Scuba diving visitor drowns at Koloa Landing

A Kaua’i visitor died Friday during a scuba dive at Koloa Landing.

The man, 52, from Indiana, joined a tour for certified divers with Kapa’a-based Wet & Wonderful Ocean Sports, but encountered breathing difficulties and was towed to shore.

Chris Norman, the owner of Wet & Wonderful and dive master for the tour, said the group had been diving for about 10 minutes when the victim signaled that he was having trouble breathing.

Norman said that as they surfaced, he found the man had stopped breathing and was unresponsive. He started CPR while towing the 350-lb. man back to shore, alerted lifeguards on shore, who assisted him by removing the oxygen tank and weights, and continued CPR efforts until a medical rescue team arrived at about 11 a.m.

Kaua’i Fire Department Battalion Chief Bob Kaden said that bystanders estimated the victim had not been breathing for about five minutes. The brain can normally survive for about 4-6 minutes without oxygen, he said.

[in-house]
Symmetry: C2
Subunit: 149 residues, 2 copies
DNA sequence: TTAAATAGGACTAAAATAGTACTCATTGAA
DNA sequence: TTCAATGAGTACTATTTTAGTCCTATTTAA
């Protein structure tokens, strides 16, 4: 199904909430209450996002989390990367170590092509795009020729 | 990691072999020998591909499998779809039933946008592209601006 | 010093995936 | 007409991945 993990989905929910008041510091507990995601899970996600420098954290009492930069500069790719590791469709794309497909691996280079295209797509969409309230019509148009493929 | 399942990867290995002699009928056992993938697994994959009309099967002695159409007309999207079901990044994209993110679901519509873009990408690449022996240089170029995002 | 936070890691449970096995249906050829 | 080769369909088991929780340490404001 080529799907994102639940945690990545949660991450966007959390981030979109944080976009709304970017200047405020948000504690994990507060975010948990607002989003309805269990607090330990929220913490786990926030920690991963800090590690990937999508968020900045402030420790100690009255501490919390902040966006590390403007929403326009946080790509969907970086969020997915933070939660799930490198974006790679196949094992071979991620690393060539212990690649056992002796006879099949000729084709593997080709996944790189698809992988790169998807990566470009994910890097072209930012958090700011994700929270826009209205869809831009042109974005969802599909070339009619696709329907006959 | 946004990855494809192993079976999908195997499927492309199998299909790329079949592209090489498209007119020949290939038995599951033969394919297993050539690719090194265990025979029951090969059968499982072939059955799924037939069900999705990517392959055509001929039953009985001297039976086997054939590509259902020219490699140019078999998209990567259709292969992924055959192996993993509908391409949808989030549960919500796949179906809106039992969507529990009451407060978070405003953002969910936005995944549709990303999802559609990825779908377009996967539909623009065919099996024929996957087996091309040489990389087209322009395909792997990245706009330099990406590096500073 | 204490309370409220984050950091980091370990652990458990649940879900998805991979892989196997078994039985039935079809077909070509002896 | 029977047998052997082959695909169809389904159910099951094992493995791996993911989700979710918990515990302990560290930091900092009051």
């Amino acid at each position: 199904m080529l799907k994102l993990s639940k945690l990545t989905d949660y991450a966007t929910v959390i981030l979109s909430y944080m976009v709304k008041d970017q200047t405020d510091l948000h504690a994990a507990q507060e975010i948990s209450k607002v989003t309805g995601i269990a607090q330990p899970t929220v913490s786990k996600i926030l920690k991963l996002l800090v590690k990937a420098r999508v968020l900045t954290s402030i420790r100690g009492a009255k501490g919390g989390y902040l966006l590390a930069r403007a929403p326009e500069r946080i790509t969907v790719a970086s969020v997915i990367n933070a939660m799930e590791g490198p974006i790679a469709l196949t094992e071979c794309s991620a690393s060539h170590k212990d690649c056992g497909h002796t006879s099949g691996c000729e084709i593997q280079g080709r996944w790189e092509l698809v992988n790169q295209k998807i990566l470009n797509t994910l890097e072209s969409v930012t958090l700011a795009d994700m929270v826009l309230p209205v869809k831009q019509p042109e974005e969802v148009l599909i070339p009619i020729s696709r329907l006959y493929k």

The team used an Automatic External Defibrillator machine on the victim, but the machine failed to recognize signs of life, though CPR was continued to be applied.

Following numerous attempts at reviving the man he was taken by American Medical Response to the Wilcox Memorial Hospital emergency room at 11:40 a.m.

The County public information office said that the victim’s name is being withheld pending notification of his next-of-kin.

The victim had been certified but hadn’t dove in quite a while, Norman said.

People perceive diving as a really dangerous sport but getting the proper training and realize your personal limitations it can be a very “can-do” sport, Norman said. In the years that lapsed after initially getting certified, the man’s health seemed to have deteriorated.

First-time divers are well screened for health problems, but certified divers are not, Norman said. There is no expiration on scuba certification.

People with asthma, heart problems, diabetes, or anyone over 45 years of age with a family history of heart attack or stroke should not dive, he said.

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